Once they mate, the pair will stay together throughout that year. They lay up to 5 eggs at time and only nest once a year. The incubation period is about 17 days. Their babies are gray. Their average life span is 9 years.
Their diet varies depending on the time of year. In spring, they live on fruit and insects. In fall, they switch to seeds and nuts. They will raid nests and eat the baby birds they find there. Other small animals like lizards are a part of their diet as well.
Jays are not timid bird. You'll find it being quite assertive especially when other birds are around. They are not much impressed with humans.
They have fairly good memories. They not only remember where they store food, but where other birds have stored theirs. This comes in handy because they are well known thieves.
Attracts Jays and Other Song Birds
This blend is designed for bird populations in Western states. It contains sunflower seeds which Jays love.
The Three Western Scrub-Jays and Their Range
California Western Scrub-Jay
Washington, Oregon, California, and Mexico
Nevada, New Mexico, California, and Northern Mexico
Follow the Jay along the wayClick thumbnail to view full-size
Just how intelligent are they?
Did This Bird Solve a Problem?
If you had told me that this bird was going to plot how to get back up in the maple tree, I'd have told you that you've watched too many Looney Tunes cartoons. ACME doesn't deliver to my house. I truly had to see it to believe it. Scientific studies show more and more that birds, especially in the group that includes Crows and Jays, have gotten a bad reputation when it comes to their intelligence. They are smarter than we give them credit for.
I'm convince saw its predicament and figured a way out of it. How else can we explain its deliberate movements around the garden? That hydrangea is about 6 feet tall. It wouldn't be easy for someone without hands to climb it.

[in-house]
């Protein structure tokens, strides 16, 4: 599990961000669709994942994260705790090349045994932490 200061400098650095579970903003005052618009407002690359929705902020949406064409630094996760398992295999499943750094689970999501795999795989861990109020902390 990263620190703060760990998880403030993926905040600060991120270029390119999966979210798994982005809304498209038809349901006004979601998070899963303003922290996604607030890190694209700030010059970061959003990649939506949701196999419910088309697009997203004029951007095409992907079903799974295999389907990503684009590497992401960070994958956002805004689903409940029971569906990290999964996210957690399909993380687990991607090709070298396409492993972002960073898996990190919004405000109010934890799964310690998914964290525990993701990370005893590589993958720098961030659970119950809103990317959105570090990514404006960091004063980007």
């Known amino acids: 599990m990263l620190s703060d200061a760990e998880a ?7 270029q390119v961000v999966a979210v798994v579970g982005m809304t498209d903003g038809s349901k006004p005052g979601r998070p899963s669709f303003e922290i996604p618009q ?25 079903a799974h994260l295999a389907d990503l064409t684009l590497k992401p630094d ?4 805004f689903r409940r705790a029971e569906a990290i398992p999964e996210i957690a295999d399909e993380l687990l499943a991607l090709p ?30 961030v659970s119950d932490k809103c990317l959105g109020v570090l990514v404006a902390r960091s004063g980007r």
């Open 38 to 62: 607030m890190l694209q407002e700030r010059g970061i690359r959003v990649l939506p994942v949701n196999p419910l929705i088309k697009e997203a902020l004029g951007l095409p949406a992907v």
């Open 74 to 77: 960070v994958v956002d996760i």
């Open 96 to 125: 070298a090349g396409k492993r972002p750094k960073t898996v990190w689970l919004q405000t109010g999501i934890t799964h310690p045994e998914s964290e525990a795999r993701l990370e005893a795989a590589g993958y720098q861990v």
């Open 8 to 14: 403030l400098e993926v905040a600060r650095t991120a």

There's a viral video on the web showing a bird playing with a ball that it found. Studies have shown that birds recall where they've hidden food and fashion tools to help them get at food. It doesn't seem far fetched that a clever Jay might be able to size up the layout of the yard and plan its best escape route.
Attract Them With Suet
Jays love suet. This is a double feeder that is squirrel proof.
There are Times We Shouldn't Interfere with Nature
During breeding season, animal shelters and wildlife rescue facilities are inundated with baby birds that well intentioned people bring in. What they think is a distressed orphan is really a bird whose parents are close by and in control. Too many times they believe an animal to be injured or ill, when all the animal really needs is a few minutes to collect itself. They end up separating babies from parents. These birds that really don't need rescuing end up burdening those places set up to help out.
It's best to use caution before we interfere with wildlife. We can do more damage than good in some cases. Rather than acting rashly, if you feel an animal may need help, call your local wildlife center to see what the proper plan of action is. Often times, the bird is young and not fully fledged, but well taken care of by its parents even if it has fallen out of the nest. Keep a close eye, but only step in if absolutely necessary. Your actions could do more harm than good.
- Scrub-jays in California
Pictures and description of Western Scrub-Jay, Aphelocoma californica
- Western Scrub-Jay from National Geographic
Learn all you wanted to know about western scrub-jays with facts, pictures, videos, and news from National Geographic.
- Western Scrub-Jay - Aphelocoma californica
Detailed bird profile of the western scrub-jay: appearance, foods, habitat, behavior and reproduction. Includes tips for attracting western scrub-jays to your backyard.
- Western Scrub-Jay, Identification, All About Birds - Cornell Lab of Ornithology
Learn how to identify Western Scrub-Jay, its life history, cool facts, sounds and calls, and watch videos. The “blue jay” of dry Western lowlands, the Western Scrub-Jay combines deep azure blue with dusty gray-brown and white. The rounded, crestless
© 2014 Melody Lassalle